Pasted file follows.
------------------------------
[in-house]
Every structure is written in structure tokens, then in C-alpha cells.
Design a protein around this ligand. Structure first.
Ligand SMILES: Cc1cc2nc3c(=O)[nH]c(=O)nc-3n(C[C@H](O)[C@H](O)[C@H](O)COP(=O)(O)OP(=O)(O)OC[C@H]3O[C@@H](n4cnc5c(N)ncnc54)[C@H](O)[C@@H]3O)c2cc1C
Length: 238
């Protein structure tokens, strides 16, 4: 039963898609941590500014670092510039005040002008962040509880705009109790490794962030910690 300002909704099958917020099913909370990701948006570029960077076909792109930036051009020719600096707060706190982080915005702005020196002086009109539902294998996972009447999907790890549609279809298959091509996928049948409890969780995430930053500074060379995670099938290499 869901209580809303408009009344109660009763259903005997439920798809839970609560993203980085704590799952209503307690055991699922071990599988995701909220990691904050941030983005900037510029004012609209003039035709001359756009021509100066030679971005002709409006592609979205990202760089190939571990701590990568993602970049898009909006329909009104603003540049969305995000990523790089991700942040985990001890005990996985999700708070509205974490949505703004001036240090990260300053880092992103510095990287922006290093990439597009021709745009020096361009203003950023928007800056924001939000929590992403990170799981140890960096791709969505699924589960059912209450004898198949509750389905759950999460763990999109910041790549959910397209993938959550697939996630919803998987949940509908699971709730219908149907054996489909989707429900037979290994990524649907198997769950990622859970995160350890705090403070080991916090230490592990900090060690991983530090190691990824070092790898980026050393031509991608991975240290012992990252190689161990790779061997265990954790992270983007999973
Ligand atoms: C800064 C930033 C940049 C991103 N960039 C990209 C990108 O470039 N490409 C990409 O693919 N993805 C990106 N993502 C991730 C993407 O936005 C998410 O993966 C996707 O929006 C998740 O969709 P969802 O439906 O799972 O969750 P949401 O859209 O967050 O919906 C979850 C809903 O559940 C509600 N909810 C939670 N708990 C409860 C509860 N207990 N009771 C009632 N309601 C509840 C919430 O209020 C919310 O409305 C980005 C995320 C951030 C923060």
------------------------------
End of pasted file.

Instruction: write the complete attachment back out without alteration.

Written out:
[in-house]
Every structure is written in structure tokens, then in C-alpha cells.
Design a protein around this ligand. Structure first.
Ligand SMILES: Cc1cc2nc3c(=O)[nH]c(=O)nc-3n(C[C@H](O)[C@H](O)[C@H](O)COP(=O)(O)OP(=O)(O)OC[C@H]3O[C@@H](n4cnc5c(N)ncnc54)[C@H](O)[C@@H]3O)c2cc1C
Length: 238
């Protein structure tokens, strides 16, 4: 039963898609941590500014670092510039005040002008962040509880705009109790490794962030910690 300002909704099958917020099913909370990701948006570029960077076909792109930036051009020719600096707060706190982080915005702005020196002086009109539902294998996972009447999907790890549609279809298959091509996928049948409890969780995430930053500074060379995670099938290499 869901209580809303408009009344109660009763259903005997439920798809839970609560993203980085704590799952209503307690055991699922071990599988995701909220990691904050941030983005900037510029004012609209003039035709001359756009021509100066030679971005002709409006592609979205990202760089190939571990701590990568993602970049898009909006329909009104603003540049969305995000990523790089991700942040985990001890005990996985999700708070509205974490949505703004001036240090990260300053880092992103510095990287922006290093990439597009021709745009020096361009203003950023928007800056924001939000929590992403990170799981140890960096791709969505699924589960059912209450004898198949509750389905759950999460763990999109910041790549959910397209993938959550697939996630919803998987949940509908699971709730219908149907054996489909989707429900037979290994990524649907198997769950990622859970995160350890705090403070080991916090230490592990900090060690991983530090190691990824070092790898980026050393031509991608991975240290012992990252190689161990790779061997265990954790992270983007999973
Ligand atoms: C800064 C930033 C940049 C991103 N960039 C990209 C990108 O470039 N490409 C990409 O693919 N993805 C990106 N993502 C991730 C993407 O936005 C998410 O993966 C996707 O929006 C998740 O969709 P969802 O439906 O799972 O969750 P949401 O859209 O967050 O919906 C979850 C809903 O559940 C509600 N909810 C939670 N708990 C409860 C509860 N207990 N009771 C009632 N309601 C509840 C919430 O209020 C919310 O409305 C980005 C995320 C951030 C923060």